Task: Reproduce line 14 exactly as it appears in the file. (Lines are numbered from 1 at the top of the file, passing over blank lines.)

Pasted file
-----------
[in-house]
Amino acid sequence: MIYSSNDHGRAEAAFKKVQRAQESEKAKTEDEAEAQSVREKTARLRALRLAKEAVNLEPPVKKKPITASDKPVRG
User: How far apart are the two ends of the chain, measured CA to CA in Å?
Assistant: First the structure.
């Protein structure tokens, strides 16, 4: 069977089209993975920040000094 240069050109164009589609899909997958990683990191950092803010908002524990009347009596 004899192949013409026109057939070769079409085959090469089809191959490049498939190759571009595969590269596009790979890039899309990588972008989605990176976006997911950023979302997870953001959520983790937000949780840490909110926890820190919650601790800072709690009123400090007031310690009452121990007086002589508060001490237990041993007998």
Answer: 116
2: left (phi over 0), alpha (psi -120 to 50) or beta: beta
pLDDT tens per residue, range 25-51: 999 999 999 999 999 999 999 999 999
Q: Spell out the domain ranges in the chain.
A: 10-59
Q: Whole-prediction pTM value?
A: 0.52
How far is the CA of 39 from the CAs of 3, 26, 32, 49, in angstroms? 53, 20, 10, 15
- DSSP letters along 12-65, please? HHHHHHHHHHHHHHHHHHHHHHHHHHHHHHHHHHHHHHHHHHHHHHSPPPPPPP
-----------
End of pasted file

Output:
- DSSP letters along 12-65, please? HHHHHHHHHHHHHHHHHHHHHHHHHHHHHHHHHHHHHHHHHHHHHHSPPPPPPP